Pierce the Veil Drops “Floral and Fading” Music Video

Pierce the Veil is a local metalcore band known for their heavy guitar riffs, on-point live vocals, and electric stage presence. Besides their hard-hitting songs, their quirky disposition on stage and in person also make them memorable. The band’s newly released music video for their song “Floral and Fading” creatively shows off how personable and charming this band really is.
The video begins at a bowling alley in the ’70s, as Pierce the Veil is prepping for their performance. The stage is inconveniently set in the middle of the alley, and the band is awkwardly adorned in floral shirts, pleated pants, sweater vests and wigs.
As Jaime Perciado’s groovy bass line and Mike Fuentes’ steady rhythm lead in the song, Vic Fuentes’ vocals attract a crowd of confused yet intrigued people. Then, Tony Perry’s fuzzy guitar tone comes in, tying the instruments together and getting the crowd moving. The night is going well; slow dancers move to the music and bassist Jaime even receives a brazier as a heartfelt gift from a fan. However, as the song reaches a crescendo, a fight breaks out.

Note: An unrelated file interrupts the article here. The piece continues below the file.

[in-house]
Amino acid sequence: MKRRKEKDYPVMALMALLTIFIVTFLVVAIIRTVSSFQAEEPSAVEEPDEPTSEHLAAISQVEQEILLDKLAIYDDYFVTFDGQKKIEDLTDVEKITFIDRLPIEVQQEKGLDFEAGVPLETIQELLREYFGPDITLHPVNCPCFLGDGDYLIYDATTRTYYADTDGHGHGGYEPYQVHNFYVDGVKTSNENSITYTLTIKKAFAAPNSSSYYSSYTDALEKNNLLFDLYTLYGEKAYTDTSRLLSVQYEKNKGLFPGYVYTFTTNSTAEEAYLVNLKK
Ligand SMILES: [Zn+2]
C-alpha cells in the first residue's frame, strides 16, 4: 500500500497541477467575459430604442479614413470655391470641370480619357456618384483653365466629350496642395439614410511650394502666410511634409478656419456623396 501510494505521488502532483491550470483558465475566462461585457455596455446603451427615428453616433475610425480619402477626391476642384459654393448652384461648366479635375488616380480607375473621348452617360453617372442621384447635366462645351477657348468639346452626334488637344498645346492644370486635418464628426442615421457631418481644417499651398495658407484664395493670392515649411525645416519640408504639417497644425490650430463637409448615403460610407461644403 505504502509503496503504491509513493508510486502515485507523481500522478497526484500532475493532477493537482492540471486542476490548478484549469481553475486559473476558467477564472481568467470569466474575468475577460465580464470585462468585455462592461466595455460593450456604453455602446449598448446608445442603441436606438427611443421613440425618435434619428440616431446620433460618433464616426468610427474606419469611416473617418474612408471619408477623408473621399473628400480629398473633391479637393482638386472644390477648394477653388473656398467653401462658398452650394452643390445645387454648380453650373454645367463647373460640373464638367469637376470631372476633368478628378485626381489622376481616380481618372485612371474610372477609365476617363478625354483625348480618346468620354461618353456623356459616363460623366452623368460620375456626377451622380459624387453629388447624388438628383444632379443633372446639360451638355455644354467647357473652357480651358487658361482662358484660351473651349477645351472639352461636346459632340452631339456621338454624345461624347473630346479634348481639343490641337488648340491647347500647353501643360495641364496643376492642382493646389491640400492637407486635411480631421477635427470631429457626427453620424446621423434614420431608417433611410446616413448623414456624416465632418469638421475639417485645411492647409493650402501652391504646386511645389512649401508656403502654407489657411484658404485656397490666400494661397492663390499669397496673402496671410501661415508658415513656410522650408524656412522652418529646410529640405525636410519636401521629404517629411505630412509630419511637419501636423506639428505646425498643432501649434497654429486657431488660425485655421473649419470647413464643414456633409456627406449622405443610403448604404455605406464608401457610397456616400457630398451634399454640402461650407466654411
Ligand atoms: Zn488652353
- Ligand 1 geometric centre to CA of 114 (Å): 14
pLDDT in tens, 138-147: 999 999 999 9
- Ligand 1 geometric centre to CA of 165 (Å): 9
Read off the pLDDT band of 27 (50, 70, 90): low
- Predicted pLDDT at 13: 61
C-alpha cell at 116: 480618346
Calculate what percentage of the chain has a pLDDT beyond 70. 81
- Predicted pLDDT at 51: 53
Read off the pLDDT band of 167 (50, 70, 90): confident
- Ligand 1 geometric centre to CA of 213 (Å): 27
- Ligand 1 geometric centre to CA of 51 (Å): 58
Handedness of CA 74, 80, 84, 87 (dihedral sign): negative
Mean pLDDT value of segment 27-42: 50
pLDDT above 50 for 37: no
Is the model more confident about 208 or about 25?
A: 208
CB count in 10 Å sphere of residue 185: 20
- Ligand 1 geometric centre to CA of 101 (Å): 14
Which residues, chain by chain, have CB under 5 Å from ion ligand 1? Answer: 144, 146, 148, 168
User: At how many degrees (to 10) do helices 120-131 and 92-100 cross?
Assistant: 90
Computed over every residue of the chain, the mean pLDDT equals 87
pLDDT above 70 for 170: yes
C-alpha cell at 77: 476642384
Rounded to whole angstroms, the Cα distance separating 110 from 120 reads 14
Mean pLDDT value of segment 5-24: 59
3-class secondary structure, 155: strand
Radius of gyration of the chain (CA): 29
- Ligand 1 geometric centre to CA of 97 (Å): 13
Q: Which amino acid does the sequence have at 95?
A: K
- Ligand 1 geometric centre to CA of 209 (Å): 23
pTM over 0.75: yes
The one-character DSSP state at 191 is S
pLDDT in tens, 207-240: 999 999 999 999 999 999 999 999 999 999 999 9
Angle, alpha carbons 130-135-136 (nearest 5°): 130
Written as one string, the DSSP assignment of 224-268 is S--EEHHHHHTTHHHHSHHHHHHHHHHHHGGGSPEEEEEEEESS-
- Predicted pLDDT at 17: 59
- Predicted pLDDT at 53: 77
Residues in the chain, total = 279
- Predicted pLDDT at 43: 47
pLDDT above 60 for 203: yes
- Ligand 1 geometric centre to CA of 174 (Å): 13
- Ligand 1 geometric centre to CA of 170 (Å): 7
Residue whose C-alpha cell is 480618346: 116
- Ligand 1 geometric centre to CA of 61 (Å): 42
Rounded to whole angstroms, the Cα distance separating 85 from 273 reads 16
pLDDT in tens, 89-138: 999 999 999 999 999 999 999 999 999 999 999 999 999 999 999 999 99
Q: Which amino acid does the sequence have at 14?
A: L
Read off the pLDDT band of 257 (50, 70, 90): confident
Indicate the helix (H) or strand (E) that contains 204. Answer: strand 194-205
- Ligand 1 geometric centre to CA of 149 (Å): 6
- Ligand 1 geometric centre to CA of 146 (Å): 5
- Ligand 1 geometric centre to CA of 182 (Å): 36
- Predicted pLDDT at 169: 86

To start off, two boys get into a tussle. Then, more people join in, turning the fight into a mosh pit. The song soon arrives at its climax. Tony Perry surfs the crowd and delivers a stellar guitar solo as the mosh pit intensifies. A lone couple, on the other hand, passionately kisses in the back of a car.
The bowling alley manager passes his (tolerance) limit and tries to shut the place down, to no avail. People bring out their lighters and someone pulls the fire alarm, starting the performance back up. Pierce the Veil, drowned in red lights and passion, start breaking and bashing their instruments and amps. Ultimately, even Fuentes’ vocals become more desperate, as he sings about making a getaway with his lover from life and its negativity.
This music video turned out to be one big cliche, and I loved it. Although Pierce the Veil is known as a middle school “emo” band, they will always have my support, especially when they produce music as amazing as “Floral and Fading.” This sweet, cliche music video is just an added bonus.


DJ Ricky P

MattyBRaps vs. Jacob Sartorius

MattyBRaps, known for his squeaky-clean rap songs on Youtube, and Jacob Sartorius, who took off on the social media platform musical.ly, are both teen icons adored by screaming fangirls all over the world. As is the norm with most young heart throbs made famous by the internet, with the fandom also comes hatred and ridicule. On Youtube, viewers have disliked the music video for Sartorius’ single Sweatshirt 1,482,690 times and counting. MattyB, on the other hand, has been transformed into an internet meme. The amount of hate they get is truly amazing, but I will be reviewing their latest music videos from an unbiased point of view.

Up first is the music video for MattyBRaps’ single California Dreamin.